How did you cast the film?
Jean-Pierre Dardenne: We don’t use casting directors because we want a commitment between the directors and the actors and we wouldn’t be happy to leave that process in someone else’s hands. So it takes a long time, and we do it very thoroughly because if your casting is right, half the job is done. We didn’t even ask ourselves the question of professional or non-professional – Rosetta had to be 17 and you’re not a professional actor at 17, at least not in Belgium. So we had to find an unknown. Generally we try not to use actors who will impose themselves between the movie and the audience – you can believe in Rosetta because you’re not seeing a girl who was this other character in that other movie. She’s just Rosetta.
Article and interview by Richard Kelly, Sight and Sound, February 2000
Directors: Luc Dardenne, Jean-Pierre Dardenne
Production Companies: Films du Fleuve, Association des Realisateurs Producteurs, RTBF (Télévision Belge)
With the assistance of: Centre du cinéma et de l’audiovisuel de la communauté française de Belgique, télédistributeurs wallons, Région Wallonne, Loterie Nationale
With participation of: Canal+, Centre national de la cinématographie
Producers: Luc Dardenne, Jean-Pierre Dardenne, Michèle Pétin, Laurent Pétin
Associate Producer: Arlette Zylberberg
Production Manager: Véronique Marit
Production Manager (France): Patrick Millet
Unit Production Managers: Philippe Groff, Philippe Toussaint
Unit Manager: Rüdiger Flörke
Unit Manager (France): Didier Hoarau
1st Assistant Director: Bernard Garant
2nd Assistant Director: Jean-François Tefnin
Script Supervisor: Marika Piedboeuf
Script Supervisor (France): Nathalie Weiss
Screenplay: Luc Dardenne, Jean-Pierre Dardenne
Script Consultant: Léon Michaux
Director of Photography: Alain Marcoen
Camera Operator: Benoît Dervaux
Editor: Marie-Hélène Dozo
Art Director: Igor Gabriel
Costumes: Monic Parelle
Key Make-up: Tina Kopecka
Original Music: Jean-Pierre Cocco
Musicians: Marc Descamps, Michel Leclercq, René Stock, Ronny Venta
Sound Recording: Jean-Pierre Duret
Mixer: Thomas Gauder
Sound Editors: Benoît de Clerck, Luc Plantier, Aurélie Muller, Julie Brenta
Sound Effects: Philippe van Leer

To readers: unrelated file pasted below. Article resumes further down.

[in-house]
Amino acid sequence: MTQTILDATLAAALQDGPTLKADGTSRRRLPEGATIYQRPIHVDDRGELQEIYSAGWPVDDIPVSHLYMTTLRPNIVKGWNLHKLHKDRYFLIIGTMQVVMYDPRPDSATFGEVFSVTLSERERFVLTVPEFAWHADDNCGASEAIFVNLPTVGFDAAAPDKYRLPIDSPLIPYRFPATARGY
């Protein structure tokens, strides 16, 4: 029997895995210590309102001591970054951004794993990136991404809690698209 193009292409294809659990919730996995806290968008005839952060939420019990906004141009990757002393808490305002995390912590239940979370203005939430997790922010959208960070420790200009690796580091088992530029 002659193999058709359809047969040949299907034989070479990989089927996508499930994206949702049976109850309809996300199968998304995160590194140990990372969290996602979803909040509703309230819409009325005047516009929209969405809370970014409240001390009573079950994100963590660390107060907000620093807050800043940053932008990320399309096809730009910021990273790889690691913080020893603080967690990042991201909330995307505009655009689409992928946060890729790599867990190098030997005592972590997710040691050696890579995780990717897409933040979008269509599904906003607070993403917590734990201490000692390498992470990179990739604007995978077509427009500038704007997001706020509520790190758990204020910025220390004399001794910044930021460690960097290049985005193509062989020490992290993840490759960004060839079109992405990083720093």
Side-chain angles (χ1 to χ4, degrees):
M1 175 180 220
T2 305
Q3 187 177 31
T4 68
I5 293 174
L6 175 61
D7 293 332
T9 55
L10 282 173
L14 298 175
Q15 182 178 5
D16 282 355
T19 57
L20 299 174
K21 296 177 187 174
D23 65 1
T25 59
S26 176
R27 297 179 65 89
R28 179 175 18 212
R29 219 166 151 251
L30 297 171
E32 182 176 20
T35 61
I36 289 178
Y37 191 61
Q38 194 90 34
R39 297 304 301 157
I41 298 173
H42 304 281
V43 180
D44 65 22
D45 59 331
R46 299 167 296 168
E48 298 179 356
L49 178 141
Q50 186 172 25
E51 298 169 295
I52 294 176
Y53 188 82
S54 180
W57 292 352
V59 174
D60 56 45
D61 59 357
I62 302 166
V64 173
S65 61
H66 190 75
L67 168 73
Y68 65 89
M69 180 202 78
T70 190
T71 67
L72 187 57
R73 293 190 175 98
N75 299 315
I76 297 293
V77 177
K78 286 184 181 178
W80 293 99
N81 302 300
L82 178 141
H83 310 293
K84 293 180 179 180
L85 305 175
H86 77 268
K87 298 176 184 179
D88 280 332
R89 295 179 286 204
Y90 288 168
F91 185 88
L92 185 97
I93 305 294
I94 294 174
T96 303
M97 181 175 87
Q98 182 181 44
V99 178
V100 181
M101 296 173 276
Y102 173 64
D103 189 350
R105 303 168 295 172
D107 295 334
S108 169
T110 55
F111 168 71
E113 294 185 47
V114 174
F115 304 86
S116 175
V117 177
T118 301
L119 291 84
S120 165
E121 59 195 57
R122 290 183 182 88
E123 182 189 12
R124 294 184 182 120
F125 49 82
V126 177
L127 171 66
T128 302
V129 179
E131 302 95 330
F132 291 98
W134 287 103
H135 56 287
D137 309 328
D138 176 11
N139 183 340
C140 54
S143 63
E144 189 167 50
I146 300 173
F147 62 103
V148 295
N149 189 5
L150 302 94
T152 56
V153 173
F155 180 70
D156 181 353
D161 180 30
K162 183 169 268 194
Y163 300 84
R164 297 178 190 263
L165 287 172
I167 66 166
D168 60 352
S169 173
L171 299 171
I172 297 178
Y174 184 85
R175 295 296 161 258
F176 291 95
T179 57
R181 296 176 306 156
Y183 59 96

Émilie Dequenne (Rosetta)
Fabrizio Rongione (Riquet)
Anne Yernaux (Rosetta’s mother)
Olivier Gourmet (boss)
Bernard Marbaix (camping area guard)
Frédéric Bodson (personnel chef)
Florian Delain (boss’s son)
Christiane Dorval (second hand shop sales person 1)
Mireille Bailly (second hand shop sales person 2)
Thomas Gollas (Rocky) (mother’s boyfriend)
Léon Michaux (policeman 1)
Victor Marit (policeman 2)
Colette Regibeau (Madame Riga)
Claire Tefnin (cloakroom girl)
Sophia Leboutte (woman who is made redundant)
Gaetano Ventura (shop boss)
Christian Neys (Télé Secours man 1)
Valentin Traversi (Télé Secours man 2)
Jean-François Noville (ONEM employee)
The screening on Wed 22 Jun will be introduced by Dr Edward Lamberti, film writer
BIG SCREEN CLASSICS
The Merchant of Four Seasons (Händler der vier Jarhreszeiten)
Wed 1 Jun 18:10 (+ intro); Sat 11 Jun 20:30
Ivan’s Childhood (Ivanovo Detsvo)
Thu 2 Jun 14:30; Mon 20 Jun 20:50
The Goalkeeper’s Fear of the Penalty (Die Angst des Tormanns beim Elfmeter)
Fri 3 Jun 20:50; Mon 13 Jun 18:10; Fri 24 Jun 20:45
Sat 4 Jun 20:45; Wed 15 Jun 20:40; Sun 26 Jun 18:20
The Spirit of the Beehive (El espíritu de la colmena)
Sun 5 Jun 13:10; Tue 14 Jun 20:45; Wed 29 Jun 20:40
Escape from Alcatraz
Mon 6 Jun 20:45; Sat 25 Jun 17:50
Tue 7 Jun 20:30; Thu 16 Jun 18:00; Sat 18 Jun 20:30; Thu 30 Jun 20:30
71 Fragments of a Chronology of Chance (71 Fragmente einer Chronologie des Zufalls)
Wed 8 Jun 18:10 (+ intro by Geoff Andrew, Programmer at Large); Mon 27 Jun 21:00
Fri 10 Jun 20:50; Wed 22 Jun 18:15 (+ intro)
Stranger by the Lake (L’Inconnu du lac)
Sun 12 Jun 18:10; Wed 15 Jun 18:10; Tue 28 Jun 20:40
Down by Law
Fri 17 Jun 20:45; Tue 21 Jun 20:45
Sun 19 Jun 13:10; Thu 23 Jun 20:50; Wed 29 Jun 18:10 (+ intro by BFI Director of Public Programme and Audiences, Jason Wood)
Welcome to the home of great film and TV, with three cinemas and a studio, a world-class library, regular exhibitions and a pioneering Mediatheque with 1000s of free titles for you to explore. Browse special-edition merchandise in the BFI Shop.We're also pleased to offer you a unique new space, the BFI Riverfront – with unrivalled riverside views of Waterloo Bridge and beyond, a delicious seasonal menu, plus a stylish balcony bar for cocktails or special events. Come and enjoy a pre-cinema dinner or a drink on the balcony as the sun goes down.
BECOME A BFI MEMBER
Enjoy a great package of film benefits including priority booking at BFI Southbank and BFI Festivals. Join today at bfi.org.uk/join
We are always open online on BFI Player where you can watch the best new, cult & classic cinema on demand. Showcasing hand-picked landmark British and independent titles, films are available to watch in three distinct ways: Subscription, Rentals & Free to view.
See something different today on player.bfi.org.uk
Join the BFI mailing list for regular programme updates. Not yet registered? Create a new account at www.bfi.org.uk/signup
Programme notes and credits compiled by the BFI Documentation Unit
Notes may be edited or abridged
Questions/comments? Contact the Programme Notes team by email